Drivers are a way to control values of properties by means of a function, or a mathematical expression.
Effectively, drivers consist of:
A driver configuration that specifies zero, one, or more input values using other properties or object transformation channels, and combines them using a predefined mathematical function or a custom Python expression.
An animation F-Curve that maps the output of the driver configuration to the final value to apply to the driven property.
As an example, the rotation of Object 1 can be controlled by the scale of Object 2. It is then said that the scale of Object 2 drives the rotation of Object 1.
Not only can drivers directly set the value of a property to the value of a different one, they can also combine multiple values using a fixed function or a Python expression and further modulate it with a manually defined curve and/or a modifier stack.
Drivers are an extremely powerful tool for building rigs and are typically used to drive bone transforms and the influence of shape keys, action constraints and modifiers, often using custom properties as inputs.
The main area of the Drivers editor shows an F-Curve that represents the driver function.
The X axis maps to the output value of the driver configuration. The units depend on the setup.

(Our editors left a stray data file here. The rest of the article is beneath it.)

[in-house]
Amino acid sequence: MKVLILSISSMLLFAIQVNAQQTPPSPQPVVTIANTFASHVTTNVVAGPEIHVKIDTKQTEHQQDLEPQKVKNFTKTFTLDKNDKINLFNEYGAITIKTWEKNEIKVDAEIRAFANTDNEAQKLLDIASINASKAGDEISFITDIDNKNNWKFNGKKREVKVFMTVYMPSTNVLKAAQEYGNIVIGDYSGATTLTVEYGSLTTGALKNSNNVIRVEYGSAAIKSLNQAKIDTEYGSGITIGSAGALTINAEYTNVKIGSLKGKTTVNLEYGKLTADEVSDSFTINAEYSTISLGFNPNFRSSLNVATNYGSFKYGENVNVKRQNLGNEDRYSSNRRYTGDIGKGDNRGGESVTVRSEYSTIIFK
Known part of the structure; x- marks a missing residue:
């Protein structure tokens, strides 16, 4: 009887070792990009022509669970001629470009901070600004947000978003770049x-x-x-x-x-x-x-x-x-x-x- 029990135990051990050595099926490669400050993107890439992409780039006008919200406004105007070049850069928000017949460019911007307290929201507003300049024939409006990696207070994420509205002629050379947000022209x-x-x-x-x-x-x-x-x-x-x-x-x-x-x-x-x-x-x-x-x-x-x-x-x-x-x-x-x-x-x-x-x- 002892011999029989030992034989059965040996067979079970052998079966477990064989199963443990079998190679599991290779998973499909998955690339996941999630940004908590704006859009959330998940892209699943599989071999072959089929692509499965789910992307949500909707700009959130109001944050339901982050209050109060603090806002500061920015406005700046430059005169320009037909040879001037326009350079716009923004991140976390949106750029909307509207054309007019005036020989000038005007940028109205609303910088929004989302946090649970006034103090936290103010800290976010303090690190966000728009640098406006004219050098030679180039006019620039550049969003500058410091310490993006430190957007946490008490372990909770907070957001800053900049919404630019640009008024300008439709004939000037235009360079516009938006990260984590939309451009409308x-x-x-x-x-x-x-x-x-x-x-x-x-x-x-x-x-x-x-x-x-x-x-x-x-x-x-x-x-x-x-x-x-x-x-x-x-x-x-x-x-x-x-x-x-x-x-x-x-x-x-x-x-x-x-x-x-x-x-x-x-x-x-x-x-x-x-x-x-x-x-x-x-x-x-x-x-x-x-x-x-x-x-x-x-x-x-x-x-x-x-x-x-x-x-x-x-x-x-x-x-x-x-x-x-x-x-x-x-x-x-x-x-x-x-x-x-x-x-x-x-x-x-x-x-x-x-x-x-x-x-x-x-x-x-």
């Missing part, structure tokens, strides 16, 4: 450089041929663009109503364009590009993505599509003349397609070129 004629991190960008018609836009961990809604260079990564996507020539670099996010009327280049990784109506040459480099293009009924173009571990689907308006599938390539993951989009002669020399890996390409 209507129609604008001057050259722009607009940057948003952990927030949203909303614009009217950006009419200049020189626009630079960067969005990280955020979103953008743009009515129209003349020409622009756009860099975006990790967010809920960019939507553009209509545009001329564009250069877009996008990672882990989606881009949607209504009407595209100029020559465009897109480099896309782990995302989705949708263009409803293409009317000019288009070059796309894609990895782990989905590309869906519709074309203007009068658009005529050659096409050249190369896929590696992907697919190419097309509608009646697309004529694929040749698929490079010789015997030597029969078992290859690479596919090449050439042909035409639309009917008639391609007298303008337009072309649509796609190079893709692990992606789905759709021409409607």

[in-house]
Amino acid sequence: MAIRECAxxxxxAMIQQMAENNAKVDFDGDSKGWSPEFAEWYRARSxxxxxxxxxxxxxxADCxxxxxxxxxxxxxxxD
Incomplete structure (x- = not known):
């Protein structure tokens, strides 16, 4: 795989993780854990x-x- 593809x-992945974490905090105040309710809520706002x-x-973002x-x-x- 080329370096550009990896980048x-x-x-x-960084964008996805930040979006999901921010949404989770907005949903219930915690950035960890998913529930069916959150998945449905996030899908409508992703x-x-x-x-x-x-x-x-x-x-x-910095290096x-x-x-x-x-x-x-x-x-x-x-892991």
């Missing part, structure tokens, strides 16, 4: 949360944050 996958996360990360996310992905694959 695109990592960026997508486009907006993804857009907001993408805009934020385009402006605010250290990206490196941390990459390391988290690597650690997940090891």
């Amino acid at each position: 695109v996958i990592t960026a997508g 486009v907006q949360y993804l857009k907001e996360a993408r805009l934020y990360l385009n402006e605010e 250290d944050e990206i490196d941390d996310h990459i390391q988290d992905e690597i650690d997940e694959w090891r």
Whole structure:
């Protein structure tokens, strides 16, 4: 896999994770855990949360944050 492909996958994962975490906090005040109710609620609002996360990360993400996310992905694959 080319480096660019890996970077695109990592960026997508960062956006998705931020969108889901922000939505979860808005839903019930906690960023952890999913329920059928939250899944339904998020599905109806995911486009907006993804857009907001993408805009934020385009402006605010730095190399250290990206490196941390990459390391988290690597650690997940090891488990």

The Y axis shows the value applied to the target property. The units depend on the property.
In the example image, if the driver value is 2.0 the property value will be 0.5.
The default F-curve is an identity map, i.e. the value produced by the driver configuration is applied to the driven property unchanged. If the driver output value is 2.0, the property will be 2.0.
The driver function can be defined artistically with Bézier curve handles or mathematically with trigonometric functions or polynomial expressions such as \(y = a + bx\). Furthermore, the function can also be procedurally modulated with noise or cyclic repetitions. See Modifiers for more details.
The Drivers panel shows the setup for a driver.
A driver can have zero, one, or more variables. Variables specify which properties, object transformation channels, or relative distances between objects, are used as inputs by the driver.
The driver type determines how the variables are used. The type can be:
a built-in function: for example, the sum of the variables’ values, or
a scripted expression: an arbitrary Python expression that refers to the variables by their names.
This driver configuration outputs a single value which changes when the variables change. This value is then evaluated through the driver function curve to produce the result to be applied to the driven property.
Notes on Scripted Expressions¶
When a driver uses a Scripted Expression, Blender can evaluate it without using the fully featured Python interpreter if it is simple enough. This means that drivers are fast to evaluate with simple divisions, additions and other “simple” expressions. The built-in functions are always evaluated natively.
See Simple Expressions for a comprehensive list of expressions that can be evaluated natively.
When the expression is not simple, it will be evaluated using Python. As a consequence, the driver will be slower and there is a security risk if the author of the Python code is unknown. This is an important thing to take into consideration for heavy scenes and when sharing files with other people. See also: Auto run.